The number of nurses who specialize in caring for the elderly has grown over the years. There seems to be an aging population in many countries and this has now called a need for more geriatric nurses. They don’t seem to be as noticeable as pediatric nurses, whom from scrubs alone are evidently who they are. So how do you spot them? How do you realize that you’ve become a full-fledged geriatric nurse?
1. You dress “minimalistic”.
You don’t wear anything too long around your neck. No dangling earrings or decorations hanging in your breast pocket. You don’t want to give your patient something to pull when they suddenly become confused or agitated. Often, you have to work very close to your patients when you help them with their daily activities. You wouldn’t want hanging accessories to end up in your patient’s face, food, and other things.
2. You sometimes talk “louder” than is necessary.
You’re so used to your patients who have hearing impairments that you’re almost always on auto-loudspeaker. And it’s only when you see the puzzled faces of the people in front of you that you realize they’re not deaf.
3. You “mimic” your patients’ symptoms.
Sometimes, you find yourself wandering the hallways of the hospital unable to remember why you were there in the first place. Yes, memory loss and dementia can be contagious at times. Jokes aside, it truly does happen especially when it’s a busy shift and you have too many tasks to remember or you have too many confused patients to handle.
4. You develop a myriad of ways to feed your patient medicine.
Like children, some elderly patients have poor appetite and can be tough to feed. At times, they may use all their will and power against you when it comes to medication time. As a geriatric nurse, you’ve discovered many different ways of getting them to swallow your medicine from using syringes to hiding it in your patients’ favorite food or beverage.
5. You know all different kinds of restraints that can make Christian Grey proud
You’ve mastered the different types of handling your most difficult patients from the least restrictive to the most restrictive. You’ve developed creative methods from using blankets and geriatric chairs to using sedation.
6. You’ve mastered the art of NG tube and urinary catheter insertion.
You’ve had so many patients with long-term NG tubes and those who need intermittent catheterization that you can insert them almost with your eyes closed. Not to mention the patients who’ve also mastered the art of pulling them out and gives you more opportunities to practice.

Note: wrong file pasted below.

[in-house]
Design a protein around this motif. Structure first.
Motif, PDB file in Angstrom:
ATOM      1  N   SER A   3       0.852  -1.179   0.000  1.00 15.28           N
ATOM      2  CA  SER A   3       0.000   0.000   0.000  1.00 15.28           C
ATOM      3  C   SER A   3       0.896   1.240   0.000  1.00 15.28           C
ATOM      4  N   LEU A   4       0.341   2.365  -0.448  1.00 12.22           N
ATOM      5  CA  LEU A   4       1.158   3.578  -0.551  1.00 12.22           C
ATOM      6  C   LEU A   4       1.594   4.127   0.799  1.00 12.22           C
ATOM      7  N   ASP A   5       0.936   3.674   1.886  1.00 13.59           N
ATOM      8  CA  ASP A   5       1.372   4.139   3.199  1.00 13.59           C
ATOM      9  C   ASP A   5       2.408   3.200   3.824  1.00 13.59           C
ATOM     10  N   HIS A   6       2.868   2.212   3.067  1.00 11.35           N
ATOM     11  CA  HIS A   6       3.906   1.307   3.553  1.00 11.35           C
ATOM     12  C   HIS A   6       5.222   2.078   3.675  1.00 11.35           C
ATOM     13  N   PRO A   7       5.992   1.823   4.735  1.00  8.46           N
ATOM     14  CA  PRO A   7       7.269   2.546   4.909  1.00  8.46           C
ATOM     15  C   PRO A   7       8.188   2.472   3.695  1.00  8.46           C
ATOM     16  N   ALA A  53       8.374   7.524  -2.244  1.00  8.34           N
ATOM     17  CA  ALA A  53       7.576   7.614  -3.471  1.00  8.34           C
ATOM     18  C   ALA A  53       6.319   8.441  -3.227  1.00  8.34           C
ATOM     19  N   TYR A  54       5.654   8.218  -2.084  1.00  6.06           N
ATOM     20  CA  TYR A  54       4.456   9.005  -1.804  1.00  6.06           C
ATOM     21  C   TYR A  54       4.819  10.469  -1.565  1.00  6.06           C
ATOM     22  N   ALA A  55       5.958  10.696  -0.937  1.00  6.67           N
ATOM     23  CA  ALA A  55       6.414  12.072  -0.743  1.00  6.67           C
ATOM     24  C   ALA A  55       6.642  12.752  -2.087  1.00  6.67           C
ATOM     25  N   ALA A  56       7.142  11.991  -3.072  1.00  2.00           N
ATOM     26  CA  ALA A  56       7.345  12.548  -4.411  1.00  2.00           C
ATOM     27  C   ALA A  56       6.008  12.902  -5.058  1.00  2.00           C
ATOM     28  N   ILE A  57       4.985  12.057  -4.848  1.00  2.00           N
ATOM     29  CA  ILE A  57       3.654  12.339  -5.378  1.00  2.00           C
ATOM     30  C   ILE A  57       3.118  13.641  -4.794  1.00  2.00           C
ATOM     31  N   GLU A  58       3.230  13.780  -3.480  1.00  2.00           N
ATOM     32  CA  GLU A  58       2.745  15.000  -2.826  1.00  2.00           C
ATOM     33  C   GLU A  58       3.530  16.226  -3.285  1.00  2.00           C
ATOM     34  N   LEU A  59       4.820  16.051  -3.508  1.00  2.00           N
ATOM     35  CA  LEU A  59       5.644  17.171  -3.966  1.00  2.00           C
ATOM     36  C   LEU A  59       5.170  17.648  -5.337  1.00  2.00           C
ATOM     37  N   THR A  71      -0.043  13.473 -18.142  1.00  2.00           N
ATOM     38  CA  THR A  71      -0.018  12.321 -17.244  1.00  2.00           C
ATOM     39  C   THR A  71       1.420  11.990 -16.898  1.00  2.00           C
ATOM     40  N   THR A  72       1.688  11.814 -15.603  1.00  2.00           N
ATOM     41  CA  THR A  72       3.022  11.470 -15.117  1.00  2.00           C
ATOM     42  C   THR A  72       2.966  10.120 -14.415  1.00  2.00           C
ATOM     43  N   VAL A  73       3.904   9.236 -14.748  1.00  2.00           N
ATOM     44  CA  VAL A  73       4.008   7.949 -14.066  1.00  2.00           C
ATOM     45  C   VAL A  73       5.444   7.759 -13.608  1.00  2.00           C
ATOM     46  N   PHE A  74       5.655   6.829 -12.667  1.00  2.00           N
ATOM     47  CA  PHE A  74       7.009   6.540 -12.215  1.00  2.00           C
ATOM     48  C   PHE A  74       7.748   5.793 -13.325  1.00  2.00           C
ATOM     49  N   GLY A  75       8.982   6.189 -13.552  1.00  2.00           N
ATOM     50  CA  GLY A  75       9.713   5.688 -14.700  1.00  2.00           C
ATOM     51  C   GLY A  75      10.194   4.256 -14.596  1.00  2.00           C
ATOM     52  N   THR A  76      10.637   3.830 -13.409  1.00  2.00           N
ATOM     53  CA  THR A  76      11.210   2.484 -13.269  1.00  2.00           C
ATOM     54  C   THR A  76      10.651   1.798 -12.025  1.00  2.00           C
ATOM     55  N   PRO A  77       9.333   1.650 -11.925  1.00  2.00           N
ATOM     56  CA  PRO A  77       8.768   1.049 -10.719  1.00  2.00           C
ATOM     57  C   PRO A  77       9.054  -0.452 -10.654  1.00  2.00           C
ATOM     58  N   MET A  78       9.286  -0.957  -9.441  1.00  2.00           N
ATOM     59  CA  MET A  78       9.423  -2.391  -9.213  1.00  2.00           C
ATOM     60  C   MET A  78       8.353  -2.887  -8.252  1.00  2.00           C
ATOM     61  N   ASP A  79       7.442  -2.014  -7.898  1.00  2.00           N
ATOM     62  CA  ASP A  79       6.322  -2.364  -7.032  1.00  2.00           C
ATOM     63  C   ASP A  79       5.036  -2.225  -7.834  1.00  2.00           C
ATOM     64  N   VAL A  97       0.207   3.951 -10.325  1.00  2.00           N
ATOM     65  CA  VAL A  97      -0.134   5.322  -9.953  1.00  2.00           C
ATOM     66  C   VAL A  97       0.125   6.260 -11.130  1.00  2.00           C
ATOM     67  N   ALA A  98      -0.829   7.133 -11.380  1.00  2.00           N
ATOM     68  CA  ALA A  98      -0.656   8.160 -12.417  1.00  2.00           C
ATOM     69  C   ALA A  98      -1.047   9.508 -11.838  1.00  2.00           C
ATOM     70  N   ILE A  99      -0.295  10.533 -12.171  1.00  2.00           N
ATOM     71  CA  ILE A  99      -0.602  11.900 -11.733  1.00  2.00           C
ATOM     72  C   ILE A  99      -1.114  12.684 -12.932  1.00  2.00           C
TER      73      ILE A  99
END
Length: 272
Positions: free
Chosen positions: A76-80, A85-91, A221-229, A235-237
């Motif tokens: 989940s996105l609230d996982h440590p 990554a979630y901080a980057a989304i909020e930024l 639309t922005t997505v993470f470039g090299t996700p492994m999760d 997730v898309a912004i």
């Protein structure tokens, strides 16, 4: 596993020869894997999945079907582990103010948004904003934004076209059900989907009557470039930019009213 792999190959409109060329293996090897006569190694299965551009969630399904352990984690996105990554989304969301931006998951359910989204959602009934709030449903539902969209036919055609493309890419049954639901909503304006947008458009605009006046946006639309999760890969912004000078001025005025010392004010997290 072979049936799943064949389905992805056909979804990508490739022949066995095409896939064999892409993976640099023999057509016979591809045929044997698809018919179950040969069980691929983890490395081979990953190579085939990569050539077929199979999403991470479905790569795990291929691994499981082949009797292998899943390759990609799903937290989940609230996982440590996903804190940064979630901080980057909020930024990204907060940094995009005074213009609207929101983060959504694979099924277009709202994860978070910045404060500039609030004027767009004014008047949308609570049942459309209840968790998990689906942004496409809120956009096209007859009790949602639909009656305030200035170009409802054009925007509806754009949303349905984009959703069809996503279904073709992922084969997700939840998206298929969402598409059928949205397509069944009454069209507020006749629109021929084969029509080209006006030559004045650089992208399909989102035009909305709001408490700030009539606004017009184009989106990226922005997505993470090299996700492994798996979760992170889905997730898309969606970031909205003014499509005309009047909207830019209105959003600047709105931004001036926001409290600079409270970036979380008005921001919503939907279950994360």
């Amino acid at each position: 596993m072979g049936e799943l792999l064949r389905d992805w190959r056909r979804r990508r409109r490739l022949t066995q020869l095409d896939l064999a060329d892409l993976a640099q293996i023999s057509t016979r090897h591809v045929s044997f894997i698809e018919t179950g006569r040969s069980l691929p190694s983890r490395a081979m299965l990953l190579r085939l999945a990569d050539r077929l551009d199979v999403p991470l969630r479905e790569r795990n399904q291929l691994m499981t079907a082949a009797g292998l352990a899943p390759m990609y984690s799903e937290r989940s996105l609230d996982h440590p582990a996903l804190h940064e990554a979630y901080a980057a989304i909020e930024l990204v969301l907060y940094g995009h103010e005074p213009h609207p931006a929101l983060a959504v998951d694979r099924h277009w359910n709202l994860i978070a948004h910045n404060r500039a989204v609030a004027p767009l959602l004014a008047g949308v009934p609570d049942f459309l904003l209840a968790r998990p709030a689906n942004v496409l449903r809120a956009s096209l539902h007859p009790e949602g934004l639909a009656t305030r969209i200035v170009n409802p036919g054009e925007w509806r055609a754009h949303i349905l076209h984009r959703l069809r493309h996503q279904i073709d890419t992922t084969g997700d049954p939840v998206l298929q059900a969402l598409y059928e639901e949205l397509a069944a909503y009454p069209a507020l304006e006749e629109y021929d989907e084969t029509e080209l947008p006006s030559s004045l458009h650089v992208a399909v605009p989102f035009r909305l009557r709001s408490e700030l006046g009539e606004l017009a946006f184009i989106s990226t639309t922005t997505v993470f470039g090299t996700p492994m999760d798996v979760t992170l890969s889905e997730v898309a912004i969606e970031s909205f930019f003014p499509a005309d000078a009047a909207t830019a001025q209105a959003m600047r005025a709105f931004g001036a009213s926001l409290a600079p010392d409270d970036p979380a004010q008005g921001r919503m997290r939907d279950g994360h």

7. You have fast reflexes and do sprints at work.
You’ve been wary of those confused patients who suddenly decide to pull out their IV cannulas and you’ve developed the reflexes of Spider-Man to stop them. There are also those patients who have karate skills and you’ve become a ninja from deflecting their punches and kicks. You’ve also cared for so many high fall risk patients who suddenly climb out of bed that you practice your sprinting skills at work just to catch them from falling.
8. You’re almost immune to the smell of urine and feces.
As a geriatric nurse, we often help our patients with their toileting needs. Sometimes, too often. Enough said.
9. You have the patience of a saint.
You’ve almost seen them all. Confused, wandering patients. Noisy, repetitive patients. Patients who have visual or hearing impairments that require extra time for communication. There are also those who constantly need help with toileting needs or those who make it extra difficult for you to feed them. Being a geriatric nurse requires much patience and understanding. Over the years, you seem to acquire more patience as you practice.
10. You develop a “geriatric” understanding and appreciation of life.
Hearing a patient who doesn’t know who he or she is or who you are but whispers you a “thank you” is different than from hearing it from someone who is totally lucid. Sometimes, it is more overwhelming. Being a nurse who cares for the elderly provides you with a different perspective of life. You get to see from their eyes. Sometimes you get to see the years they’ve been through, the families they’ve created and the life they’ve lived. Or you can see the opposite; what they didn’t have or was not able to accomplish. You obtain a different sense of what your true goals in life should be. At times, without even your knowledge, your patients can teach you valuable lessons in life that you don’t get to learn elsewhere.